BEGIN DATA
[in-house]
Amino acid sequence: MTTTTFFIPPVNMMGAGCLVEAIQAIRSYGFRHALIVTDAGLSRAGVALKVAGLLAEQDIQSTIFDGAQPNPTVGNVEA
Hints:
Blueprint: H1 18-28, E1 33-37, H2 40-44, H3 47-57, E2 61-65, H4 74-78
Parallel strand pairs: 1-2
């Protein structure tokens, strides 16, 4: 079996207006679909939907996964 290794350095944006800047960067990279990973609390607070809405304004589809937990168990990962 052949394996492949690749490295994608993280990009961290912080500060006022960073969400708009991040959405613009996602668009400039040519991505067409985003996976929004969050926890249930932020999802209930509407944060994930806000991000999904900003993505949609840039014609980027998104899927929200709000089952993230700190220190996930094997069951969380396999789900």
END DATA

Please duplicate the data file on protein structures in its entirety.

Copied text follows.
[in-house]
Amino acid sequence: MTTTTFFIPPVNMMGAGCLVEAIQAIRSYGFRHALIVTDAGLSRAGVALKVAGLLAEQDIQSTIFDGAQPNPTVGNVEA
Hints:
Blueprint: H1 18-28, E1 33-37, H2 40-44, H3 47-57, E2 61-65, H4 74-78
Parallel strand pairs: 1-2
């Protein structure tokens, strides 16, 4: 079996207006679909939907996964 290794350095944006800047960067990279990973609390607070809405304004589809937990168990990962 052949394996492949690749490295994608993280990009961290912080500060006022960073969400708009991040959405613009996602668009400039040519991505067409985003996976929004969050926890249930932020999802209930509407944060994930806000991000999904900003993505949609840039014609980027998104899927929200709000089952993230700190220190996930094997069951969380396999789900």